I don’t mean to insist that there is an ecological mandate for being gay. My interest in queering ecology lies in enabling humans to imagine an infinite number of possible Natures. The living world exhibits monogamy. But it also exhibits orgies, gender transformation, and cloning. What, then, is natural? All of it. None of it. Instead of using the more-than-human world as justification for or against certain behavior and characteristics, let’s use the more-than-human world as a humbling indication of the capacity and diversity of all life on Earth.

So many of us humans are queer. Across all social, political, and physical boundaries, 2 to 10 percent of people take part in nonheteronormative behavior. Beyond the scope of sexuality, humans are capable of any number of imaginable and unimaginable behaviors. That I do not eat bull testicles does not mean that that behavior is any less human than my eating of baby back ribs. Why then, if I cohabitate with another man, sharing the same bed, yes even having sex in that bed with that man, am I somehow less human?

A goose is a goose is a goose. 


In a review of Peter Matthiessen’s book The Birds of Heaven: Travels with Cranes, Richard White indicts the “relentless and blinkered earnestness” of nature writing. White claims that because of its “reluctance to deal with paradox, irony, and history, much nature writing reinforces the worst tendencies of environmentalism.” White points out that Matthiessen’s unflinchingly sincere narrative baldly contradicts the circumstances: “The birds are immortal, timeless, and they transport us back into the deep evolutionary past,” writes White. “But then Matthiessen gives us the details. He is sitting in a loud and clattering helicopter during this particular trip to the Eocene.”

If you depict cranes as pure and ancient, with no place in this modern world, then you must ignore all those species that have done quite well in the rice paddies. Writing about nature means accepting that it will prove you wrong. And right. And render you generally confused. Nature is mysterious, and our part in the pageant is shrouded in mystery as well. This means contradiction and paradox and irony. It means that there will always be an exception. Nature has always humiliated the self-congratulatory scientist.

Let’s stop congratulating ourselves. Instead, let’s give a round of applause to the delicious complexity. Let us call this complexity the queer, and let us use it as a verb. Let us queer our ecology. Cranes can be ancient, but they can also be modern. Might their posterity extend past ours?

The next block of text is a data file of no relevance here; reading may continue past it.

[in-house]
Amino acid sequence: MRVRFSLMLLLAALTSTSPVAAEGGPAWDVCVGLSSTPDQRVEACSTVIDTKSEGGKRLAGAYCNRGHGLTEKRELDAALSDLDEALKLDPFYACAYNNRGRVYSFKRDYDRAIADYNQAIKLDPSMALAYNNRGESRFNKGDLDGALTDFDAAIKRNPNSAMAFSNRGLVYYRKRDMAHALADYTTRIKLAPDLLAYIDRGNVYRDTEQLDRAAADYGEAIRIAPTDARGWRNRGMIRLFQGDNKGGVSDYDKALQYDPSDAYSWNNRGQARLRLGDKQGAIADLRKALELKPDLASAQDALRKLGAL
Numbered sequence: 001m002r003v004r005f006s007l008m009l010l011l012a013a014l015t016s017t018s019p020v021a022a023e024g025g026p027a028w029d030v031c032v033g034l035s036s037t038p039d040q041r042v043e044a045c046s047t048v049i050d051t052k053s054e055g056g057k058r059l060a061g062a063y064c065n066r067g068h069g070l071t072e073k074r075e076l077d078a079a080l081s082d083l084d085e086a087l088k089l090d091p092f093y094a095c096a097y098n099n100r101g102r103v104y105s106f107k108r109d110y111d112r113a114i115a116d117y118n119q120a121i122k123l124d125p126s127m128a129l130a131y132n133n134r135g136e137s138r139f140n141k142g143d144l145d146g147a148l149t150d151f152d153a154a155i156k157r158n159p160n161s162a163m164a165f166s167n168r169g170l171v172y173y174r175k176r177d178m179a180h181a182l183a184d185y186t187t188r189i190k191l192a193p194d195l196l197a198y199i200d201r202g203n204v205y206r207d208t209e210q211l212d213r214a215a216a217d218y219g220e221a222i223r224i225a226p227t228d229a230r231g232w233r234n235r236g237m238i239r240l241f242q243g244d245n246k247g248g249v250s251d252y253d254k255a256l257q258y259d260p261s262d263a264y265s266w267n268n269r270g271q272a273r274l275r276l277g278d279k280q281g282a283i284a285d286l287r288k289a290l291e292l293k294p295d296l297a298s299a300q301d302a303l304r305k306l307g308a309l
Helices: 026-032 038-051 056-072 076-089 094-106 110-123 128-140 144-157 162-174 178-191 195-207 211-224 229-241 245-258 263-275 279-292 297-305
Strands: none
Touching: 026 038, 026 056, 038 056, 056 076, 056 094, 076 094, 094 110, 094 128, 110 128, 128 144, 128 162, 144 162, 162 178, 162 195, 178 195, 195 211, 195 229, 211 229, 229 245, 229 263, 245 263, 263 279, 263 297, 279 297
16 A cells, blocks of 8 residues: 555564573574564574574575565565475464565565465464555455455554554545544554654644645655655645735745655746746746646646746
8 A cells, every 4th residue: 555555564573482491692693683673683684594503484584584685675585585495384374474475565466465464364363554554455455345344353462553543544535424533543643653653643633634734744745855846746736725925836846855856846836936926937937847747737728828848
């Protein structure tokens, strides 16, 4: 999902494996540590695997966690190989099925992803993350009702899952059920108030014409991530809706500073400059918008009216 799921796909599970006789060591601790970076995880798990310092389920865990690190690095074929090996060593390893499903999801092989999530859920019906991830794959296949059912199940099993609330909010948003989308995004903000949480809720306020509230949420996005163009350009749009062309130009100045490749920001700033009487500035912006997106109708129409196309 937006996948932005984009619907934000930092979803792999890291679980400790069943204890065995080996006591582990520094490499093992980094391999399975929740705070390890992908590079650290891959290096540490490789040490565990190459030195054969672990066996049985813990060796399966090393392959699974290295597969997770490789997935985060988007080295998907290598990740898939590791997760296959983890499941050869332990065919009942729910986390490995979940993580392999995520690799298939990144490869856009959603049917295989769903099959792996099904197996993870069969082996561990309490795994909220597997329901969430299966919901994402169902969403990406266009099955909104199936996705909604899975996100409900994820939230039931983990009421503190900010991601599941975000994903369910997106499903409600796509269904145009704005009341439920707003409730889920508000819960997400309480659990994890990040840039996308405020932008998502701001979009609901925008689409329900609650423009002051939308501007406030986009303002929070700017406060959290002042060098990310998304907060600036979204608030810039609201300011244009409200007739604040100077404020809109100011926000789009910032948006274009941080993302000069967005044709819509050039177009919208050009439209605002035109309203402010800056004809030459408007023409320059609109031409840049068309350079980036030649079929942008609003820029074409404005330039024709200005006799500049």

We’ve inherited a culture that takes its dualisms seriously. Nature, on the one hand, is the ideal, the pure, the holy. On the other hand, it is evil, dangerous, and dirty. The problem? There’s no reconciliation. We accept both notions as separate but equal truths and then organize our world around them. Status quo hurrah! Irony be damned. 

Take sexuality, for instance: 

We have come to believe, over our Western cultural history, that heterosexual monogamy is the norm, the natural. People who call gays unnatural presume that Nature is pure, perfect, and predictable. Nature intended for a man and a woman to love each other, they say. Gays act against Nature. And yet: we rip open the Earth. We dominate the landscape, compromising the integrity of the living world. We act as though civilization were something better, higher, more valuable than the natural world. 

Our culture sets Nature as the highest bar for decorum, while simultaneously giving Nature our lowest standard of respect. Nature is at our disposal, not only for our physical consumption, but also for our social construction. We call geese beautiful and elegant and faithful until they are shitting all over the lawn and terrorizing young children. Then we poison their eggs. Or shoot them.

What I’m getting at is this: those who traditionally hold more power in society—be they men over women, whites over any other race, wealthy over poor, straight over queer—have made their own qualities standard, “natural,” constructing a vision of the world wherein such qualities are the norm. And in so doing, they’ve made everyone else’s qualities perverse, against Nature, against God. Even Nature—defined impossibly as the nonhuman—becomes unnatural when it does not fit the desired norm: the gay geese must be affected by hormone pollution!

A man who has sex with a man must identify himself by his perversion, by his difference. If straight is the identity of I am, then gay becomes I am not. Women are not men. Native people are not white. Nature is not human. 

Instead of talking about nonconformity, I want to talk about possibility and unnameably complex reality. What queer can offer is the identity of I am also. I am also human. I am also natural. I am also alive and dynamic and full of contradiction, paradox, irony. Queer knocks down the house of cards and throws them into the warm wind.


If theses were still in vogue, I would tell you my thesis is queer ecology. But as Zapatista leader Subcommandante Marcos told Pierluigi Sullo from the forest of southeast Mexico (and probably from a table in a house in a village in that forest), “I sincerely believe that you are not searching for a solution, but rather for a discussion.” He’s right.